IP Tom Buffenbarger announced Assistant Director Neil Gladstein will become the next director of the IAM Strategic Resources following the departure in August of current Director Steve Sleigh.
“Neil Gladstein has a long record of union service and I’m sure he’ll continue to do a superb job for this union and its members,” declared Buffenbarger, who also announced Senior Research Economist Beth Almeida will become Assistant Director of the Strategic Resources. “We are extremely fortunate to have these two highly dedicated and highly regarded professionals to carry on the work of this critical department.”
As the IAM’s first Director of Strategic Resources, Sleigh is departing after 12 years at the helm to become a principal for The Yucaipa Companies, a leading private equity firm dedicated to creating economic value for pension funds, workers, and communities. Sleigh has been a member of Local 126 for nearly 32 years and was the recipient of an IAM Scholarship in 1984.
The Strategic Resources Department, formerly known as the IAM Research Department, has evolved from one of the earliest IAM departments into a highly sophisticated ally for district and local negotiating teams seeking financial data, cost analysis and membership surveys as part of a comprehensive approach to collective bargaining.
The Democratic governor of Kansas, Kathleen Sebelius, told a group of more than 600 IAM leaders in Denver, CO, that the next big opportunity for working families seeking change would come in 2006, when voters in 36 states will elect new governors.
“The next national election in this country is not in 2008, it’s 2006,” declared Sebelius, who called the upcoming gubernatorial elections “an opportunity to change the face of America.” Click here to hear the full speech by Governor Sebelius.
Citing the current administration in Washington, D.C., as adversaries instead of allies for working families, the governor said “a change in the White House is essential, but it really can’t happen without the infrastructure in place in states across the country.”
Speaking at the 2006 IAM National Staff Conference, Gov. Sebelius also discussed the deepening impact of health care cutbacks and the president’s prescription drug program. “This plan was given to insurance companies and drug companies to write and in my wildest imagination, I could not have constructed a worse idea,” said Sebelius, a former insurance commissioner. Sebelius called for a national health care policy, “not on the backs of Machinists or Autoworkers and others, but across America.”
The Kansas Governor pledged to support her state’s aircraft and aerospace companies that commit to keeping jobs in Kansas. “We’re willing to put some skin in the game, but it comes with responsibilities and accountability from management,” said Sebelius. “They can’t take our money and send our jobs overseas. That just doesn’t work anymore.”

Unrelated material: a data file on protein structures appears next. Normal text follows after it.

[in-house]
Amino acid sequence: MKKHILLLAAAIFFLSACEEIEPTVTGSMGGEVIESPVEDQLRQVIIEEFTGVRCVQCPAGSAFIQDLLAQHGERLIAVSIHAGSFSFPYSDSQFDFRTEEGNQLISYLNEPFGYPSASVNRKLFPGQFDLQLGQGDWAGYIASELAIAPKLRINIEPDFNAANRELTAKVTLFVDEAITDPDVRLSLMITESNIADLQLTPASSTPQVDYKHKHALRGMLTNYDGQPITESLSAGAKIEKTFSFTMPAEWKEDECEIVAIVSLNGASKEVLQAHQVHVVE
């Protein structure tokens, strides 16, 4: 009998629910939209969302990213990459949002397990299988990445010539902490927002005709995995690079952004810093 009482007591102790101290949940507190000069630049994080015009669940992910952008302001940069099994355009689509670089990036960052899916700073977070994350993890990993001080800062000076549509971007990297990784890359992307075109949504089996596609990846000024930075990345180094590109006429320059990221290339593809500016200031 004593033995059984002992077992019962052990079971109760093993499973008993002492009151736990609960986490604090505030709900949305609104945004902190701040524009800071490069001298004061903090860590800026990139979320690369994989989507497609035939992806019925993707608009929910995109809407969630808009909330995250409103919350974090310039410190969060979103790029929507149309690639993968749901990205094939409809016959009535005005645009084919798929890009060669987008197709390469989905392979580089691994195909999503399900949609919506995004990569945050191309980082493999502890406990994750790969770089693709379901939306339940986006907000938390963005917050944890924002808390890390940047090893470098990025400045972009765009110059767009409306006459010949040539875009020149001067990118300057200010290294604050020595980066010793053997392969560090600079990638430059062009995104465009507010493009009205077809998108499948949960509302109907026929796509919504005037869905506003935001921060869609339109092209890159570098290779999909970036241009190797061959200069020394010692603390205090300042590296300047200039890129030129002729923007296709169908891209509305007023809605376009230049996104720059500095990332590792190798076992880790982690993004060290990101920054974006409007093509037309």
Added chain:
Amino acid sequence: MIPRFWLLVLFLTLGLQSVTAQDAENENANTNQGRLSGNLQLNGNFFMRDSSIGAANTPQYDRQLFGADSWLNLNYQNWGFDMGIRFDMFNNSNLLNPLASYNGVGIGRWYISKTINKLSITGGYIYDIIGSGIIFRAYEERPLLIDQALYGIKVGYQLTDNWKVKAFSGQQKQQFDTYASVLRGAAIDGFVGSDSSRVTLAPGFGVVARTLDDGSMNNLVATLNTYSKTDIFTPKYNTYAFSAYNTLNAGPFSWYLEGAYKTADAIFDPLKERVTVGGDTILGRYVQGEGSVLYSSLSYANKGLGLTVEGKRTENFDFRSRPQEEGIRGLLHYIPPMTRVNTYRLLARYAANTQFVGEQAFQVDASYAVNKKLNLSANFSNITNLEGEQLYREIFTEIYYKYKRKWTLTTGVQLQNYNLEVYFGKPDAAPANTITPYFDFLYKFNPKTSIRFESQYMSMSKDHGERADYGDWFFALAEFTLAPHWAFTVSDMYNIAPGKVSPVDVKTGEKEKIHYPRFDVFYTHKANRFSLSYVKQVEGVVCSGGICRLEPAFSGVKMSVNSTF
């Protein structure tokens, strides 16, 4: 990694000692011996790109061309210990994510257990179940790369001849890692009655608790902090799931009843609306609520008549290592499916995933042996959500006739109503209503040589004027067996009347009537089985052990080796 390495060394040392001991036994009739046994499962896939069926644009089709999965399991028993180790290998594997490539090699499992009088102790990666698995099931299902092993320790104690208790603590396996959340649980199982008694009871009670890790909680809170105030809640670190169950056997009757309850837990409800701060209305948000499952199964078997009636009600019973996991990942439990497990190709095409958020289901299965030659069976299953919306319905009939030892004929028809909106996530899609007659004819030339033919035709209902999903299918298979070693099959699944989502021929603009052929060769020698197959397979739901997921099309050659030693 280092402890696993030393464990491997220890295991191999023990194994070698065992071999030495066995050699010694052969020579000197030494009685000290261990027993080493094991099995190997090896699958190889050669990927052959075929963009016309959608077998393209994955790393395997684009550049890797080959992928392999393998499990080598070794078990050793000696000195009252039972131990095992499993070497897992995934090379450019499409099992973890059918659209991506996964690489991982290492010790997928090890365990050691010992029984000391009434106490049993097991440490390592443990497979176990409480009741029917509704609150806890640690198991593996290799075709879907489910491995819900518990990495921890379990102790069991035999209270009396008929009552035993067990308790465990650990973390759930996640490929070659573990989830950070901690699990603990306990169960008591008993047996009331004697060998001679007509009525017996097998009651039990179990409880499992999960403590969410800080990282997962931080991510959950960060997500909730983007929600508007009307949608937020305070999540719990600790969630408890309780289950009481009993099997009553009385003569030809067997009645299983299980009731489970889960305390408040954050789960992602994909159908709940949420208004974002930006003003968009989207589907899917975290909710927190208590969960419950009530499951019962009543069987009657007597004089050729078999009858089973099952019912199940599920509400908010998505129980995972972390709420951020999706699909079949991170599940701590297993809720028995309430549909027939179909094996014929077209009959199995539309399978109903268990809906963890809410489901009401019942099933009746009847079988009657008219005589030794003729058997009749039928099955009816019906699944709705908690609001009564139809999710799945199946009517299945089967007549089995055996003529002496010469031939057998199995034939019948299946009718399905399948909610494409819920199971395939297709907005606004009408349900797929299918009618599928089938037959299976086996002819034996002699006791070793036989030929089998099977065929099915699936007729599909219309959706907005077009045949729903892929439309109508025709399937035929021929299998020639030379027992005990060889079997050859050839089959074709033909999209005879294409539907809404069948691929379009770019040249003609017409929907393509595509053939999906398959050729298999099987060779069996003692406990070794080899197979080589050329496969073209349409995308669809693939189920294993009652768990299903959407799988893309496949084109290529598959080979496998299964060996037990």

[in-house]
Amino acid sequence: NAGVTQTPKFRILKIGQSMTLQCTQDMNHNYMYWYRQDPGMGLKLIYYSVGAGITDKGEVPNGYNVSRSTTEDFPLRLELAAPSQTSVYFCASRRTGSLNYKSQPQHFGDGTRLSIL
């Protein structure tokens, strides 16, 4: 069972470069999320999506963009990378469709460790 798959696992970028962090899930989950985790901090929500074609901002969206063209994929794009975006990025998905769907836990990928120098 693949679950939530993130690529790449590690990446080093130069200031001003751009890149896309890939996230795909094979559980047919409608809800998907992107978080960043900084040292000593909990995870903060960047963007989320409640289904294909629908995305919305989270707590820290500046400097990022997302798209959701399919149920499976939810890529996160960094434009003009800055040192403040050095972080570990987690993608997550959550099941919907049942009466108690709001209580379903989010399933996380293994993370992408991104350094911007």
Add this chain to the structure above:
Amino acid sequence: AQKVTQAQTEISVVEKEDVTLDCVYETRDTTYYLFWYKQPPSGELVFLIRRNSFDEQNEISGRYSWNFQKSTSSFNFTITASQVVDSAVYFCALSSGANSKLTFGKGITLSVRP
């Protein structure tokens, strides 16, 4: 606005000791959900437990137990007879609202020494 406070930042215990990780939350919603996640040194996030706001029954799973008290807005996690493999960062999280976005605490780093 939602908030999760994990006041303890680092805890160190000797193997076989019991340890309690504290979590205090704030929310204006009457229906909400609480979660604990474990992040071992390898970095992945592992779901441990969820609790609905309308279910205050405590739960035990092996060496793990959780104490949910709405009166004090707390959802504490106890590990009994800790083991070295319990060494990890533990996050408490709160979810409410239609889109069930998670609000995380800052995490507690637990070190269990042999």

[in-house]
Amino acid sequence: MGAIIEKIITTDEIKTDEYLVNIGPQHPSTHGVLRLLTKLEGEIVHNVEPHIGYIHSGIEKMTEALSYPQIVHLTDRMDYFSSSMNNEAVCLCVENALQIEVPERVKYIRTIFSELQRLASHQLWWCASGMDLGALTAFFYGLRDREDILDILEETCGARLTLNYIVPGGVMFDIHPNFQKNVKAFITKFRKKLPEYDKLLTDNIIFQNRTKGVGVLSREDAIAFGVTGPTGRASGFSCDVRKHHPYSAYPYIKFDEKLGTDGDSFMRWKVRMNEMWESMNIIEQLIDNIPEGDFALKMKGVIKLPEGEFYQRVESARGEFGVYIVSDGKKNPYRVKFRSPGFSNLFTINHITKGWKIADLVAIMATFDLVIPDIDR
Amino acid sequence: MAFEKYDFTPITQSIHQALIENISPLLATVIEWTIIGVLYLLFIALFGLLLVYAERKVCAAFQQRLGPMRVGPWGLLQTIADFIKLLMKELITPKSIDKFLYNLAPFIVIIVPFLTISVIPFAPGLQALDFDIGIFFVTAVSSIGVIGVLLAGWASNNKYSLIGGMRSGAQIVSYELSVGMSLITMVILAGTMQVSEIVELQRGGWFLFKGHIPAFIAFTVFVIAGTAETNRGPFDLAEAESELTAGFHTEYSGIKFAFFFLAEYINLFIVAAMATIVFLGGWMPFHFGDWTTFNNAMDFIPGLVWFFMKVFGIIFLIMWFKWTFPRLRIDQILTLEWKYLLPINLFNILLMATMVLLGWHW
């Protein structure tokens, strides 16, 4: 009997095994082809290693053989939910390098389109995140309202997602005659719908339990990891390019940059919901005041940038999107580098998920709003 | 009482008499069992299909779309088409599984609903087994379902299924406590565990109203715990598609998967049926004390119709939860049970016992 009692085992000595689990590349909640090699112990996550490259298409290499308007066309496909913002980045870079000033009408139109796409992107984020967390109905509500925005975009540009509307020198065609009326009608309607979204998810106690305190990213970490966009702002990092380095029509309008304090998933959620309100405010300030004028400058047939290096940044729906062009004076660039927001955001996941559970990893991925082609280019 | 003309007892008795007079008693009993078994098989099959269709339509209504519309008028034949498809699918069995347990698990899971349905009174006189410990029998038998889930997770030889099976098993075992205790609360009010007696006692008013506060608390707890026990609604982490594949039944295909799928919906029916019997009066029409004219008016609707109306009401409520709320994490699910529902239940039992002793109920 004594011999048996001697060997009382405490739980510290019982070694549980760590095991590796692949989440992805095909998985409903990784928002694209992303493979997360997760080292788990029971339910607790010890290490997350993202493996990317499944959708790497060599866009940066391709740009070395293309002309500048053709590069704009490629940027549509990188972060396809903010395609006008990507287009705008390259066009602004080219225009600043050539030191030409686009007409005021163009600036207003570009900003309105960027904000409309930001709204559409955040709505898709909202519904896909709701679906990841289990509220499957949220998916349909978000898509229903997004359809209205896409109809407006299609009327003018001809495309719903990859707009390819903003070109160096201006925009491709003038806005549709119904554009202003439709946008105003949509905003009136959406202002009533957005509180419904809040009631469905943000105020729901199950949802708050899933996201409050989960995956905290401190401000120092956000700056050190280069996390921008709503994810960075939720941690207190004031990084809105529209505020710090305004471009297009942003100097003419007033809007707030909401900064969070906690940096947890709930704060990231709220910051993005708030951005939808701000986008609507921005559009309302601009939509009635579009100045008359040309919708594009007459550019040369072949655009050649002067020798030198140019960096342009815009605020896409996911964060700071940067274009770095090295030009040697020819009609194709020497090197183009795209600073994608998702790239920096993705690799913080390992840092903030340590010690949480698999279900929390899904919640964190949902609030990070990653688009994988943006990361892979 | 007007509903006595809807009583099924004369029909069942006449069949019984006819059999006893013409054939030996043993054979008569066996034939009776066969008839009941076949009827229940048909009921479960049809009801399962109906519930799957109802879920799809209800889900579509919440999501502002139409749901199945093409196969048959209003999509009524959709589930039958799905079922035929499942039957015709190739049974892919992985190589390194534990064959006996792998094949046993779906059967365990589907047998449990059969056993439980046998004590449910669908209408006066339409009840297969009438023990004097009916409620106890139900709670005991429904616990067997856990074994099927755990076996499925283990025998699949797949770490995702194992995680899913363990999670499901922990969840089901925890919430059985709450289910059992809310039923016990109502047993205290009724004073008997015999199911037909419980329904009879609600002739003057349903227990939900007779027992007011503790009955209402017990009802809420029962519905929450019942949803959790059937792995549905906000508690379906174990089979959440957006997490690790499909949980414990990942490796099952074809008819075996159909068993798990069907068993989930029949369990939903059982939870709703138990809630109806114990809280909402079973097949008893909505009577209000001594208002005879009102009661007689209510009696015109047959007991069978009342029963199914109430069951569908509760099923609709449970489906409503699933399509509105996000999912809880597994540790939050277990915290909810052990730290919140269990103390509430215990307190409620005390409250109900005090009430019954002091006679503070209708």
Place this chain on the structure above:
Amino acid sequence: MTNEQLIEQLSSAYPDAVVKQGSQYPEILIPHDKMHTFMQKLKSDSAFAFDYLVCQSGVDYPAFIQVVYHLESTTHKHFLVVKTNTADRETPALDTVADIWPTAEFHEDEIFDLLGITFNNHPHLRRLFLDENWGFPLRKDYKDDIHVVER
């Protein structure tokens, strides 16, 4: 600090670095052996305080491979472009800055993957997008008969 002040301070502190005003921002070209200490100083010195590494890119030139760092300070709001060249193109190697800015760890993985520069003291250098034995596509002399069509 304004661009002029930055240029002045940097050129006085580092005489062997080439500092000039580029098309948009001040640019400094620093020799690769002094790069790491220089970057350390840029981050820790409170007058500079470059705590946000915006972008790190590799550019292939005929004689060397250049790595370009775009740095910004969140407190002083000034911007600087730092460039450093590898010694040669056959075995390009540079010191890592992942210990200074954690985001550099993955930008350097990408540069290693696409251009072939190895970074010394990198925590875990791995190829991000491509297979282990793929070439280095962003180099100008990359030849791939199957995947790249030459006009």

Coal miners won two victories last week with the passage of the first mine safety overhaul legislation since 1977 and the collapse of support for yet another coal industry executive to head the Mine Safety and Health Administration (MSHA). The mine safety bill requires more oxygen supplies for miners, better communication and tracking equipment and faster emergency crew response times.
In the Senate, President Bush’s nomination of coal industry executive Richard Stickler to lead the MSHA failed after GOP leaders could not muster 60 votes to stop Senator Robert Byrd’s (D-WV) hold on the nomination.
Stickler testified at his confirmation hearing that no new safety laws were necessary. The mines that Stickler managed from 1989 to 1996 had injury rates that were double the national average, according to a study of government records by the United Mine Workers of America.
“MSHA is full of former mining company executives, some of whom spent years opposing any regulatory efforts by the agency, who continue to be influenced by their friends in the industry,” said AFL-CIO President John Sweeney in a letter to U.S. Senators. “The next director of MSHA needs to be someone with a history of advocating for miners’ safety and health, not someone with a history of advocating for the interests of mine operators.”
Under pressure from Congress, the Department of Energy (DOE) announced a one-year suspension of its new “Contractor Pension and Medical Benefits Policy” that would have ended DOE reimbursements to contractors for traditional defined pension plans for new hires and reimbursed new-hire medical costs at “market-based” rates. The one-year suspension takes effect June 19, 2006. In the interim, the DOE must “consult with stakeholders, including Congress, and continue to solicit their views on this issue.
With gas prices surging and oil companies raking in record profits, oil executives said Sunday that cutting gas prices for consumers isn’t a viable option.
Oil executives from ConocoPhillips, Chevron Corp., and Shell actually said on NBC’s Meet the Press that Americans have it “relatively cheap” when compared with global gas prices.
Americans are currently paying $2.91 for a gallon of gasoline. Meanwhile, the top five publicly traded oil companies pulled in $29 billion in profits in the first quarter of 2006 alone.